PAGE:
Added Gonzalez, a growing number of companies are taking a back-to-basics approach by restricting eligibility for stock-based compensation to individuals in positions that have true line of sight to the creation of value for the company and have an impact on company performance.

Joanne Sammer is a New Jersey-based business and financial writer.

Related Articles:

Share Grants to Employees Confirm Trend Away from Stock Options, SHRM Online Compensation Discipline, December 2011

Equity Incentive? How Perceptions of Employee Stock Options Affect Job Performance, SHRM Online Compensation Discipline, April 2011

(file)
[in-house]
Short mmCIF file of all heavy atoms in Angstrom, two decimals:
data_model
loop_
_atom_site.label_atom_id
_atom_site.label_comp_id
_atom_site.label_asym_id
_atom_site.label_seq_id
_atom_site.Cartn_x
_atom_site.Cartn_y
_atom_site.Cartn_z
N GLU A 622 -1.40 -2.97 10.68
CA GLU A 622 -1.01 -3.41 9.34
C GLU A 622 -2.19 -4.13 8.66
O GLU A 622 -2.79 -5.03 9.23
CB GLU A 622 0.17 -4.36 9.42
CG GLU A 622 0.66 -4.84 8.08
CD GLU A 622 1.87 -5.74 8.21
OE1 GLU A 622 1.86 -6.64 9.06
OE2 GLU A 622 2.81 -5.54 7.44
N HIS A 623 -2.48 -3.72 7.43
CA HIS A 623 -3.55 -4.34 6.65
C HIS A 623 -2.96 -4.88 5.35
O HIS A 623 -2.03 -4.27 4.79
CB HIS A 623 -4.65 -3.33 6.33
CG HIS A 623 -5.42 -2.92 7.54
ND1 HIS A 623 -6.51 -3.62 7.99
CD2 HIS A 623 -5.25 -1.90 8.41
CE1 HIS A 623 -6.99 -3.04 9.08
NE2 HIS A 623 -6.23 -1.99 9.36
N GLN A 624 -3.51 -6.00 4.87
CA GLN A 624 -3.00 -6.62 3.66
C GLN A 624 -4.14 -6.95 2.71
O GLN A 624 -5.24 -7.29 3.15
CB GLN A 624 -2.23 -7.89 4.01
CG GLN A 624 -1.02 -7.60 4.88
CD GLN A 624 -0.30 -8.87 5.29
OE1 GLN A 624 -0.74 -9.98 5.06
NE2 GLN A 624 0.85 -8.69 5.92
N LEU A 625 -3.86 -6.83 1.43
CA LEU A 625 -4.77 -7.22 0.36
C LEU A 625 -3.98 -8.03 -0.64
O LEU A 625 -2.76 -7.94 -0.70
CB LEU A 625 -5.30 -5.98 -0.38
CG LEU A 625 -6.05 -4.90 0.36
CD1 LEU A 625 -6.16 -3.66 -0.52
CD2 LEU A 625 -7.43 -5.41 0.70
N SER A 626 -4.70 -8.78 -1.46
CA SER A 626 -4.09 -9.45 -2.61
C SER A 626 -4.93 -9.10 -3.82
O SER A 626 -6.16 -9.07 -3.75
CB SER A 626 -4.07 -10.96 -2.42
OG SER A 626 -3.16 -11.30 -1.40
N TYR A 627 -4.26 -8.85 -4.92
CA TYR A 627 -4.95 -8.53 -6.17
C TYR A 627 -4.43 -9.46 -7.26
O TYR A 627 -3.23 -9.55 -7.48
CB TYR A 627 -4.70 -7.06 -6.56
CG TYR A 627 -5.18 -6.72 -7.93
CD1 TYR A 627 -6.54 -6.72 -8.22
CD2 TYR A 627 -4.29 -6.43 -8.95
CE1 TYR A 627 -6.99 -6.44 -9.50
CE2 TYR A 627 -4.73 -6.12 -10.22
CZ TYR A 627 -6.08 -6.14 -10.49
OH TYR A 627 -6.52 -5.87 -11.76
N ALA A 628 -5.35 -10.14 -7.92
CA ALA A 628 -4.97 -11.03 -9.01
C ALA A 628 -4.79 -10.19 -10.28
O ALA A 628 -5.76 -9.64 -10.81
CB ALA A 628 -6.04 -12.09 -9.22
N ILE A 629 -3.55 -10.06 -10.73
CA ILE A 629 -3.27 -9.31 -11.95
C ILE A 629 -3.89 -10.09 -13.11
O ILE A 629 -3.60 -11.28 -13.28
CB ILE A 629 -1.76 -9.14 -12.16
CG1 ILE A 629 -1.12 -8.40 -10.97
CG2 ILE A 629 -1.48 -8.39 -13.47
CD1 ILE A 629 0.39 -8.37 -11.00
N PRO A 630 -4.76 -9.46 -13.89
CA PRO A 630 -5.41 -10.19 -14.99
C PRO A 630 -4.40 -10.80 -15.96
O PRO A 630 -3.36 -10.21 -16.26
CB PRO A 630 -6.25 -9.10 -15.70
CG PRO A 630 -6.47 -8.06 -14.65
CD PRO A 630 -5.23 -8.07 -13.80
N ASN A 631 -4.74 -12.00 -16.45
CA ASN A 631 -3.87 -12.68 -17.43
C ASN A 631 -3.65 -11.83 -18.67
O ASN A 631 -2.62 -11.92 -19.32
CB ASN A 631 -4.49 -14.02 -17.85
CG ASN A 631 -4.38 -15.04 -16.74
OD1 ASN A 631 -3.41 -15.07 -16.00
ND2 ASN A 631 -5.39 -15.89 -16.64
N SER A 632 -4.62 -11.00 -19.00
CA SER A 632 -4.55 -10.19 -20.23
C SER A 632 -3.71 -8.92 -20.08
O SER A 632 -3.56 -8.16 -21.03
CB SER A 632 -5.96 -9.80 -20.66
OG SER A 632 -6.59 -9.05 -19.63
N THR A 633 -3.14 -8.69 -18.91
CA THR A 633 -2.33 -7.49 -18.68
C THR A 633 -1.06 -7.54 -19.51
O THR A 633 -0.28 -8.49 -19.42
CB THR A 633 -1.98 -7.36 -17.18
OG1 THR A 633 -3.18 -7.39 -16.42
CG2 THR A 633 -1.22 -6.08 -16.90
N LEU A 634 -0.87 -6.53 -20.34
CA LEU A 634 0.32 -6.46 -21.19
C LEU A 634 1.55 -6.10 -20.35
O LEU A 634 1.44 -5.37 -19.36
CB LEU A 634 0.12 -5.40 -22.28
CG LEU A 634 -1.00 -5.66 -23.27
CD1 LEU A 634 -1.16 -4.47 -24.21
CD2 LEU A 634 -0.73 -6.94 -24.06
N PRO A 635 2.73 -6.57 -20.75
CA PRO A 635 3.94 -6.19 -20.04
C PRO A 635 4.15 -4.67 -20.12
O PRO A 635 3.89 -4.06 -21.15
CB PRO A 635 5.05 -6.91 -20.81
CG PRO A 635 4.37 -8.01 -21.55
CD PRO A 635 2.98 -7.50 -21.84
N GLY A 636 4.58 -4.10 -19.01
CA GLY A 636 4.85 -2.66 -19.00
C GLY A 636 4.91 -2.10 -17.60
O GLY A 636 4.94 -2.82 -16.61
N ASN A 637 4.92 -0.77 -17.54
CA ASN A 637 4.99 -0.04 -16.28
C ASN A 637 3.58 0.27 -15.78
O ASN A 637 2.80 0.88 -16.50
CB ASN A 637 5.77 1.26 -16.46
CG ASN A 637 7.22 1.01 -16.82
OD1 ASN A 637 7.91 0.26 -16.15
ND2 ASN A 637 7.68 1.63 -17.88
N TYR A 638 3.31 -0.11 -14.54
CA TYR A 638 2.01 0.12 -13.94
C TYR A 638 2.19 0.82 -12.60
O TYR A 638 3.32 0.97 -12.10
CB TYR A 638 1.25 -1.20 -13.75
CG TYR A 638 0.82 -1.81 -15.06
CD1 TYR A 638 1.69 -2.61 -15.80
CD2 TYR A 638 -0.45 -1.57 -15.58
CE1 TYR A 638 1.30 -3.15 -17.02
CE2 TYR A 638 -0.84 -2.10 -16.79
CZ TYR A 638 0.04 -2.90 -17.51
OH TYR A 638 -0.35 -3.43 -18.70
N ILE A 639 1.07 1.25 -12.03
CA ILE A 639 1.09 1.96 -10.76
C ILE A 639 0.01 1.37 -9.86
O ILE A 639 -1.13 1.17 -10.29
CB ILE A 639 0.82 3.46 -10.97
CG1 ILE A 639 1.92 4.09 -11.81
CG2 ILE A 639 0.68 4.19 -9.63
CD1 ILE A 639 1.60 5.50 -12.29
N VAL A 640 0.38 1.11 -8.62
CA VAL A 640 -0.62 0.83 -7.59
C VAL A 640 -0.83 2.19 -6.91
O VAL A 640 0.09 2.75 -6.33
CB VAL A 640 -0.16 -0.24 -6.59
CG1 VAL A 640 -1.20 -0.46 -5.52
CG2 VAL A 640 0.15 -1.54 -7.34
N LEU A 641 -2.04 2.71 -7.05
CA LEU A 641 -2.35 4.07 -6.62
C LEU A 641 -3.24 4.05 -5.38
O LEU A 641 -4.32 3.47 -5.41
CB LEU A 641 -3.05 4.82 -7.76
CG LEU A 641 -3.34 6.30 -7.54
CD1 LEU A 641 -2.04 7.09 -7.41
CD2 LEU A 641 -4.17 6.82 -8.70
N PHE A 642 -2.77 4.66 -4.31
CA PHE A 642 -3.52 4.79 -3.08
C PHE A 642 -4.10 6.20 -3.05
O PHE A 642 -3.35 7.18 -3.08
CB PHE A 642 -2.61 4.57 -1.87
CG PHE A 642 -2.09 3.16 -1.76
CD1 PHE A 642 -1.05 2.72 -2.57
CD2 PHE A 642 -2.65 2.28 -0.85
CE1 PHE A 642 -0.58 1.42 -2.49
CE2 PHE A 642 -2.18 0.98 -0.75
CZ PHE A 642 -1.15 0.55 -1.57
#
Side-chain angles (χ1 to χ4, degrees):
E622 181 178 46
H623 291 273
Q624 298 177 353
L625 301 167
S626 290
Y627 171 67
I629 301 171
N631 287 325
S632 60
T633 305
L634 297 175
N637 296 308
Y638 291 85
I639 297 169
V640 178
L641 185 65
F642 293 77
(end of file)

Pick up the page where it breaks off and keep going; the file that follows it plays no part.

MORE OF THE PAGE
Study: Stock Options Improved Executive Performance, Had Minimal Effect on Rank and File Employees, SHRM Online Compensation Discipline, August 2010

New Rules for Employee Stock Purchase Plans and Incentive Stock Options, SHRM Online Compensation Discipline, February 2010

Companies Enhancing Stock Plan Offerings to Employees at All Levels, SHRM Online Compensation Discipline, November 2009